With stickier and higher inflation here in the UK and across the pond, the end of easy financial conditions seems to be upon us.
The Bank of England has already moved to raise interest rates and a March rise in the US seems a done deal. So, the immediate outlook for many global bond markets looks to be increasingly treacherous, especially for holders of duration-sensitive assets.
So why would you own credit today? Possibly to position yourself for future returns, according to Ben Edwards, manager of this week’s best in class, the BlackRock Corporate Bond fund.
A lot of the groundwork in finding the best opportunities for this fund is aided by the centralised dealing desk at BlackRock, including its analytic quant desk and trading team, its bank of analysts on six specialist sectors, plus collaboration with the other funds on the sterling and European fixed income desks. Edwards selects the best ideas from these sources and the result is a high conviction portfolio that typically holds around 150 companies.
He will take meaningful active credit views and look to exploit the inefficiencies in the market and can purchase both corporate and government bonds. The corporate bond element may include non-UK businesses and some Euro-denominated debt where tactical opportunities arise, though both are limited in their exposure in the portfolio. The non-UK company holdings will typically have sterling-denomination, meaning the currency exposure will be 90 per cent plus sterling.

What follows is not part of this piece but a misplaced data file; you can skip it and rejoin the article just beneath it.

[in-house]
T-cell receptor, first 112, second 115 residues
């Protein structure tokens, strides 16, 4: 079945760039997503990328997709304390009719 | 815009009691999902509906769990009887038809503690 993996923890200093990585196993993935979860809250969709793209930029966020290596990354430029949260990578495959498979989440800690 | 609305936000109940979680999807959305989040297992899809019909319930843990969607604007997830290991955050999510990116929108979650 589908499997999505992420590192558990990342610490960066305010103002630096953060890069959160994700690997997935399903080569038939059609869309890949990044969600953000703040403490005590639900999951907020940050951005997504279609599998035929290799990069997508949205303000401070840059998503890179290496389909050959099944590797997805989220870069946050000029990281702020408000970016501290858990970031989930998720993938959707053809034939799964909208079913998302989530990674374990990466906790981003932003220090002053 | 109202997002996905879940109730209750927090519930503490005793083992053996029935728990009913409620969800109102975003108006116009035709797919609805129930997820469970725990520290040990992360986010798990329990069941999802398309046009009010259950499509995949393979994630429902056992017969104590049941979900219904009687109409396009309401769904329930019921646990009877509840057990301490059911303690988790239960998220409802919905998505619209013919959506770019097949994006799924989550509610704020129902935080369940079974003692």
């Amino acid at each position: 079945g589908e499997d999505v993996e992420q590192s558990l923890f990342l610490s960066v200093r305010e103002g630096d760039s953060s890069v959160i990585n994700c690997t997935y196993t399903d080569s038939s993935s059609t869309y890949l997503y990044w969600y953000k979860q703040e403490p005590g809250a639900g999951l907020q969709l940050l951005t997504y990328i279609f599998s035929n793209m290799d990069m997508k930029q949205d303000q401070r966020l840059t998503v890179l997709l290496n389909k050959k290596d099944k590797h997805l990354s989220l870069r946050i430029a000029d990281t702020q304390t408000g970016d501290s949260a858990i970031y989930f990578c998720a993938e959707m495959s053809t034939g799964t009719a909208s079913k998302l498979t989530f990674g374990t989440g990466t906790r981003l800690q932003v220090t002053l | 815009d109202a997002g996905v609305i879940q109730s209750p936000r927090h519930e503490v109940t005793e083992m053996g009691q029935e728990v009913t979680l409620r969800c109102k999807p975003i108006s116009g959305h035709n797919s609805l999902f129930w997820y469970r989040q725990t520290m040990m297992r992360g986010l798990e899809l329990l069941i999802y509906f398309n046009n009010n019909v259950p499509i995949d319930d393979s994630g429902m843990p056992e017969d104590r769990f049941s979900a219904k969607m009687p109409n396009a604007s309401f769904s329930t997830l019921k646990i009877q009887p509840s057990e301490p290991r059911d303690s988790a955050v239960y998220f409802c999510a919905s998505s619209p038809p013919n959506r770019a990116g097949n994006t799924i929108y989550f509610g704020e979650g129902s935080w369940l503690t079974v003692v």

Edwards aims for a neutral portfolio duration of 6.5 years, with a range of 5.5 to 7.5 years allowed. As such, the fund will usually exhibit less interest rate sensitivity and greater diversification than a number of riskier peers in the sector. Duration today is about 5.75 vs 8.53 for the index.
Edwards says he has been of the view for some time that inflation would not be as transitory as people thought, but until recently, risk markets have proved to be remarkably resilient to the narrative. Why? “Because although we are now in a tightening environment, there is still a lot of cash in the economy, so the signals have been absorbed more slowly,” he says.
Having had a decade or more when the central banks have done what they want, inflation is now forcing them to act. Since the summer of 2021, yields have almost doubled, and Edwards is now seeing things he wants to buy. “Credit is better on valuations and, unless we move swiftly into a recession, is definitely worth looking at,” he notes.
The market now seems to agree that the US Federal Reserve is behind the curve, so rate rises are finally being priced in. Edwards says he does not think the BoE can do more than five hikes this year as the economy simply could not take any more. But the risk is still there and, if inflation continues to surprise for the next few months, the drift lower could be slower and the narrative could change.